I love to read about writers reading. I devoured The Road to Xanadu, an immense scholarly study of Coleridge's vast literary diet on his way to delivering "Kubla Khan". I delight in Jorge Luis Borges' accounts of his passionate lifelong love affair with books, and in the bookish essays that stud Mircea Eiade's journals and autobiographies.
Pat Conroy's memoir My Reading Life has prompted me to publish more of my adventures in reading and how they spill into my experience or the world, and the roads I travel in dreams. Listen to Pat Conroy:
"Writers of the world, if you've got a story, I want to hear it. I promise it will follow me to my last breath. You will hearten me and brace me up for the hard days as they enter my life on the prowl. I reach for a story to save my own life."Conroy's word magic never falters as he gives us his memoir of his life as a reader. He made it his practice to read at least 200 pages a day. "Reading," he insists, "is the most rewarding form of exile and the necessary discipline for a novelist who wants to get better."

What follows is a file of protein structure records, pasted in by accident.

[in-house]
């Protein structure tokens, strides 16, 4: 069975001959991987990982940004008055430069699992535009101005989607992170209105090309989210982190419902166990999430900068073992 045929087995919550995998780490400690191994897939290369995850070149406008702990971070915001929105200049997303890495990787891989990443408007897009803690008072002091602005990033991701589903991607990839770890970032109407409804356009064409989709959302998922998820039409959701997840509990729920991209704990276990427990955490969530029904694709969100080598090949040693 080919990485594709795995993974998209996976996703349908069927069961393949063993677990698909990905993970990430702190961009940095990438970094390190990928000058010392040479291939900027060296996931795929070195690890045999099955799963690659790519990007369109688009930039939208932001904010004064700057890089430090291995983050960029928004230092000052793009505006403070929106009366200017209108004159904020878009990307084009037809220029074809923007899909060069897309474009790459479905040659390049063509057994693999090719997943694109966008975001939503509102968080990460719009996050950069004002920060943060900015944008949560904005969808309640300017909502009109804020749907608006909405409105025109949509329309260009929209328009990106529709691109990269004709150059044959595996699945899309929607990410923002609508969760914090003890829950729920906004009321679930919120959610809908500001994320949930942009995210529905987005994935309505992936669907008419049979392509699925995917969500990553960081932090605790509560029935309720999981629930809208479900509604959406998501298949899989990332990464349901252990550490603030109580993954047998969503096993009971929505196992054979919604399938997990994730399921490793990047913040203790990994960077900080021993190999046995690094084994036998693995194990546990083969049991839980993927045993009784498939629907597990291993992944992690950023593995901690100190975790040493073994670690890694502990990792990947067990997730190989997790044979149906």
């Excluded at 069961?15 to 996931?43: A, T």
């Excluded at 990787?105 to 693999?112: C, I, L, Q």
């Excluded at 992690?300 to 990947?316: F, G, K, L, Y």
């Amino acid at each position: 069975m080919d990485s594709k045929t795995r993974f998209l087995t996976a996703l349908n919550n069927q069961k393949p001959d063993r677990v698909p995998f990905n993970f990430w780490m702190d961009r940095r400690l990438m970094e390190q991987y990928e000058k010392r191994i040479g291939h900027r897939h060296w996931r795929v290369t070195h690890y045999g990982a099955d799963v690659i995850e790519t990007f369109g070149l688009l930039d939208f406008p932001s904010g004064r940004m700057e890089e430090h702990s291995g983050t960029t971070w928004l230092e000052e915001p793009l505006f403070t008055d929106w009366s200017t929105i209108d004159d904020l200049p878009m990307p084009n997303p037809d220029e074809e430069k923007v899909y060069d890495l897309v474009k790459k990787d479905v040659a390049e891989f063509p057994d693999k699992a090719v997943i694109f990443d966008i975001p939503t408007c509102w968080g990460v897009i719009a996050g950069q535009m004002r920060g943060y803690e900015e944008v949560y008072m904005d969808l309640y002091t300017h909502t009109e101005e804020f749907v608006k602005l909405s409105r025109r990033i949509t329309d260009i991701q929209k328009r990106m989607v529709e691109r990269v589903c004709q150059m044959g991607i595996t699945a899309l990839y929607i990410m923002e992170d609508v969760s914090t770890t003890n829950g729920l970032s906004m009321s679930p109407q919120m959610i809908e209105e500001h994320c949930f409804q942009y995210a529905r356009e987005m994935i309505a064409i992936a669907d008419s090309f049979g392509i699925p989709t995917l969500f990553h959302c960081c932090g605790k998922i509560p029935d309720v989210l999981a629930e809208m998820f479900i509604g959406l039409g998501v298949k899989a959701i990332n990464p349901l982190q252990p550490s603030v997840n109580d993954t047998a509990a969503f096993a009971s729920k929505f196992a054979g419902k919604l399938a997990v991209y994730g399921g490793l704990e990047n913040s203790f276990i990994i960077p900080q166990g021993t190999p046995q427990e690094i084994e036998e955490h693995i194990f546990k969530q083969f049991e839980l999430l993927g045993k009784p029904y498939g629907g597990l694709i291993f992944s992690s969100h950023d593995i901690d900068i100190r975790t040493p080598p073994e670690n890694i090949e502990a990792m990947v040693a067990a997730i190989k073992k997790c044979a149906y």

Shifting to his own fiction, he declares, "I do not record the world exactly as it comes to me but transform it by making it pass through a prism of fabulous stories I have collected on the way."
Reading was always his approach run to those wild day-nights when he wrote his heart out, completing The Great Santini by writing in a Georgia cabin for 24 hours straight. "The idea of a novel should stir your blood, and you should rise to it like a lion lifting up at the smell of an impala."